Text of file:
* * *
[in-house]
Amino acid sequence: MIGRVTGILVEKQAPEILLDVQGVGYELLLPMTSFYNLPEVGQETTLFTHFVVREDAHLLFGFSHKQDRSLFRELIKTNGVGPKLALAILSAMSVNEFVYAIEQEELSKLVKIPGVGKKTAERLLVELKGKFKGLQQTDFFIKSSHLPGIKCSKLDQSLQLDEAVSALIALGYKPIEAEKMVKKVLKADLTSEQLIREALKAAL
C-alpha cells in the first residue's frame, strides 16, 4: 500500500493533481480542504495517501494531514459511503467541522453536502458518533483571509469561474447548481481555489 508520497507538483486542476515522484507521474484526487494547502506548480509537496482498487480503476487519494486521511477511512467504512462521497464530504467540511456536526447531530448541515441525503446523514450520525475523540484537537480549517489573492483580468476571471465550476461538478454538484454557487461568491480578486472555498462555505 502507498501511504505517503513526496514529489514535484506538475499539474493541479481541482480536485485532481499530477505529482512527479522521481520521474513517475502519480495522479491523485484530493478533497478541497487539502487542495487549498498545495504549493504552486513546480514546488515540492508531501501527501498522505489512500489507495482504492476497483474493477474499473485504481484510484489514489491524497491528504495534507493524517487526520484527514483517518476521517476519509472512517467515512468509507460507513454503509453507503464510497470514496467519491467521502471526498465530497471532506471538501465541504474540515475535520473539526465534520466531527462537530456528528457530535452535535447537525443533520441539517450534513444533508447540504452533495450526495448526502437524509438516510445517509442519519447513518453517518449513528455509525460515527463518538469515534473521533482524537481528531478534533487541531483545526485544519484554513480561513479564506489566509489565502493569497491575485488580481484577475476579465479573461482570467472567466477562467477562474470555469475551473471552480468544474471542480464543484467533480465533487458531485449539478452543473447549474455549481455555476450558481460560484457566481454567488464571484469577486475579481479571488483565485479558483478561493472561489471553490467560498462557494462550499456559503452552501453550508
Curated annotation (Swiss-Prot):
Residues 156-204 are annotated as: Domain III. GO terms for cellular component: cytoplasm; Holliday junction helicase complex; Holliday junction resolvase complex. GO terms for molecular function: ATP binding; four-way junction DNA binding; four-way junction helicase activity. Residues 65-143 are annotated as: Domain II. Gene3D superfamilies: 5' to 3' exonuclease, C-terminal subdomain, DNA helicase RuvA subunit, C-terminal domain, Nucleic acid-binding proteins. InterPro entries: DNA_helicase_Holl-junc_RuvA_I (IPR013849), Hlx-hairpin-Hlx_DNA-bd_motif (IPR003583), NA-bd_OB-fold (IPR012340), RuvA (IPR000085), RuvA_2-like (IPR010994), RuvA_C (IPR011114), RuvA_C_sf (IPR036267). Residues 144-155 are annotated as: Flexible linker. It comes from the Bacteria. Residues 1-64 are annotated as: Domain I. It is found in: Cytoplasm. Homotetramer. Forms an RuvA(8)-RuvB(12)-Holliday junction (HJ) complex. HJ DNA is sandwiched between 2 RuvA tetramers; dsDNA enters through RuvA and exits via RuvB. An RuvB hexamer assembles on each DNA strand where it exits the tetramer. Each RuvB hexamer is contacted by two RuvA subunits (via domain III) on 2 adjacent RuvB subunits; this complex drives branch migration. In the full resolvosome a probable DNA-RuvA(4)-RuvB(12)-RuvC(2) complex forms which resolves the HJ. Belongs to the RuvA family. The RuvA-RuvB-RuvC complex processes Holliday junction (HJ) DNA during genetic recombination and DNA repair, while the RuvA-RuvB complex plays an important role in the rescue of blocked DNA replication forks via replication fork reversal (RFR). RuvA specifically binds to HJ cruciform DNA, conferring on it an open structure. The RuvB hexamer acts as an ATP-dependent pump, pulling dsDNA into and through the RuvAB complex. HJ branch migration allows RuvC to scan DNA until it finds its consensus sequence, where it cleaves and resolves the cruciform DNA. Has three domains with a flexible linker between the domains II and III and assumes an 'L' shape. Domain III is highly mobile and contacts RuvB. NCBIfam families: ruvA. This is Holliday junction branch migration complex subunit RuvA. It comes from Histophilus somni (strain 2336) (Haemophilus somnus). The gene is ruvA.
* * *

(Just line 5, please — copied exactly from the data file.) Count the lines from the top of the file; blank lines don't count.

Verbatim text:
Residues 156-204 are annotated as: Domain III. GO terms for cellular component: cytoplasm; Holliday junction helicase complex; Holliday junction resolvase complex. GO terms for molecular function: ATP binding; four-way junction DNA binding; four-way junction helicase activity. Residues 65-143 are annotated as: Domain II. Gene3D superfamilies: 5' to 3' exonuclease, C-terminal subdomain, DNA helicase RuvA subunit, C-terminal domain, Nucleic acid-binding proteins. InterPro entries: DNA_helicase_Holl-junc_RuvA_I (IPR013849), Hlx-hairpin-Hlx_DNA-bd_motif (IPR003583), NA-bd_OB-fold (IPR012340), RuvA (IPR000085), RuvA_2-like (IPR010994), RuvA_C (IPR011114), RuvA_C_sf (IPR036267). Residues 144-155 are annotated as: Flexible linker. It comes from the Bacteria. Residues 1-64 are annotated as: Domain I. It is found in: Cytoplasm. Homotetramer. Forms an RuvA(8)-RuvB(12)-Holliday junction (HJ) complex. HJ DNA is sandwiched between 2 RuvA tetramers; dsDNA enters through RuvA and exits via RuvB. An RuvB hexamer assembles on each DNA strand where it exits the tetramer. Each RuvB hexamer is contacted by two RuvA subunits (via domain III) on 2 adjacent RuvB subunits; this complex drives branch migration. In the full resolvosome a probable DNA-RuvA(4)-RuvB(12)-RuvC(2) complex forms which resolves the HJ. Belongs to the RuvA family. The RuvA-RuvB-RuvC complex processes Holliday junction (HJ) DNA during genetic recombination and DNA repair, while the RuvA-RuvB complex plays an important role in the rescue of blocked DNA replication forks via replication fork reversal (RFR). RuvA specifically binds to HJ cruciform DNA, conferring on it an open structure. The RuvB hexamer acts as an ATP-dependent pump, pulling dsDNA into and through the RuvAB complex. HJ branch migration allows RuvC to scan DNA until it finds its consensus sequence, where it cleaves and resolves the cruciform DNA. Has three domains with a flexible linker between the domains II and III and assumes an 'L' shape. Domain III is highly mobile and contacts RuvB. NCBIfam families: ruvA. This is Holliday junction branch migration complex subunit RuvA. It comes from Histophilus somni (strain 2336) (Haemophilus somnus). The gene is ruvA.